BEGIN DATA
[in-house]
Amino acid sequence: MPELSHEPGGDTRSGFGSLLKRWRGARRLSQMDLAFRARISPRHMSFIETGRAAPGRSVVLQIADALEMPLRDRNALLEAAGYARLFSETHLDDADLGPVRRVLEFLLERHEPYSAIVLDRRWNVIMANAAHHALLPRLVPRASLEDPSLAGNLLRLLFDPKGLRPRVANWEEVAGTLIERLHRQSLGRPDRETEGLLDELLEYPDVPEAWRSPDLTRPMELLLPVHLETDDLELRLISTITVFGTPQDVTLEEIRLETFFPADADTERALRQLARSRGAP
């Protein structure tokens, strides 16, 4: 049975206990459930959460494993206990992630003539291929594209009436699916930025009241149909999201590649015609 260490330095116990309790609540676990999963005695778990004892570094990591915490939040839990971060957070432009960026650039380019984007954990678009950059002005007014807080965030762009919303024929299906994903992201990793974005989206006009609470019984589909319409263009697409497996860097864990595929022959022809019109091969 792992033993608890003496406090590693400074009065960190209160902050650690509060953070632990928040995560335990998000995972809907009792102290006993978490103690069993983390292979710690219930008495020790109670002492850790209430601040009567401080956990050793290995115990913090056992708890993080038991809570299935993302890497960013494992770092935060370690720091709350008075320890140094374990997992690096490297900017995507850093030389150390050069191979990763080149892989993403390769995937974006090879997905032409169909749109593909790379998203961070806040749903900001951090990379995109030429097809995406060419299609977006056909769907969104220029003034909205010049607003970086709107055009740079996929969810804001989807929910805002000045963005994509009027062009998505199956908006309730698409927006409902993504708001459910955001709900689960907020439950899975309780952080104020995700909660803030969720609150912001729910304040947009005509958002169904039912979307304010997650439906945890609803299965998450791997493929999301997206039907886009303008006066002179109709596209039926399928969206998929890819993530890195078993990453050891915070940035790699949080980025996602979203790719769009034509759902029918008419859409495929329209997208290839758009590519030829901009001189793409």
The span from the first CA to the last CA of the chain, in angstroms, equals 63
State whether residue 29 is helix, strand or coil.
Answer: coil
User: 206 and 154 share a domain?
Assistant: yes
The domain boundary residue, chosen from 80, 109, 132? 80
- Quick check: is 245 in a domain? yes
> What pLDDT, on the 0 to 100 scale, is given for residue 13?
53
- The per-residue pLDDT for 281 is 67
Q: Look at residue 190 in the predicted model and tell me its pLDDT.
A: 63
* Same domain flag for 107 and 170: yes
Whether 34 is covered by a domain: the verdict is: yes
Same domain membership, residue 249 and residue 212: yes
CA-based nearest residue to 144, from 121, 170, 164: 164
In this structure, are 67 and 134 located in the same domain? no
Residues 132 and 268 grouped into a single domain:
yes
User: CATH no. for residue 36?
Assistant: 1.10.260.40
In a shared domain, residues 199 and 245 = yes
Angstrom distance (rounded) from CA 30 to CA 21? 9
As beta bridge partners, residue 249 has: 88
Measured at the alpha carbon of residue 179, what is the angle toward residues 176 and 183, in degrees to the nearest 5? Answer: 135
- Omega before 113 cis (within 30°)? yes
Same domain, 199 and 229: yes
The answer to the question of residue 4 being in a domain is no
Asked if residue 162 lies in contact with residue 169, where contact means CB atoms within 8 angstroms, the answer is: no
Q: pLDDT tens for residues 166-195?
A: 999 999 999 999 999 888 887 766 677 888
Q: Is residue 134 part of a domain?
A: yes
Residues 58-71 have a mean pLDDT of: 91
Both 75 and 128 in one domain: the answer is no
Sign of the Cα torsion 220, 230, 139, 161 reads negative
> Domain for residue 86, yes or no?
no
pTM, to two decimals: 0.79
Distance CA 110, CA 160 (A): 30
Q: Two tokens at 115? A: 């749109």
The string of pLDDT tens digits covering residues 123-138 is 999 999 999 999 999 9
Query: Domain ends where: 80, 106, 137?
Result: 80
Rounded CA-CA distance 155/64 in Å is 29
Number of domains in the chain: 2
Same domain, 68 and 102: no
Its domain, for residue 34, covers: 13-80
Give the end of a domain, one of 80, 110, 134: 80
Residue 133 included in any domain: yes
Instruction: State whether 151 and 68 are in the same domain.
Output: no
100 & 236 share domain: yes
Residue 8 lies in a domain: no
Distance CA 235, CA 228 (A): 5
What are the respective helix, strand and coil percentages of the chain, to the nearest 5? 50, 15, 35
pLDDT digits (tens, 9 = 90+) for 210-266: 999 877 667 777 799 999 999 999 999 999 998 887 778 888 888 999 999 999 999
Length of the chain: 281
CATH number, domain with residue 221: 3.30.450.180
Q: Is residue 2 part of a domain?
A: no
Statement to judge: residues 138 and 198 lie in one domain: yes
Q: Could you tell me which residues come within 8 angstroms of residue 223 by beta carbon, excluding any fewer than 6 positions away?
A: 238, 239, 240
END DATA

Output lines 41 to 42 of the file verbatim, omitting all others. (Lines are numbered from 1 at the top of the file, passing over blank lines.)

no
pTM, to two decimals: 0.79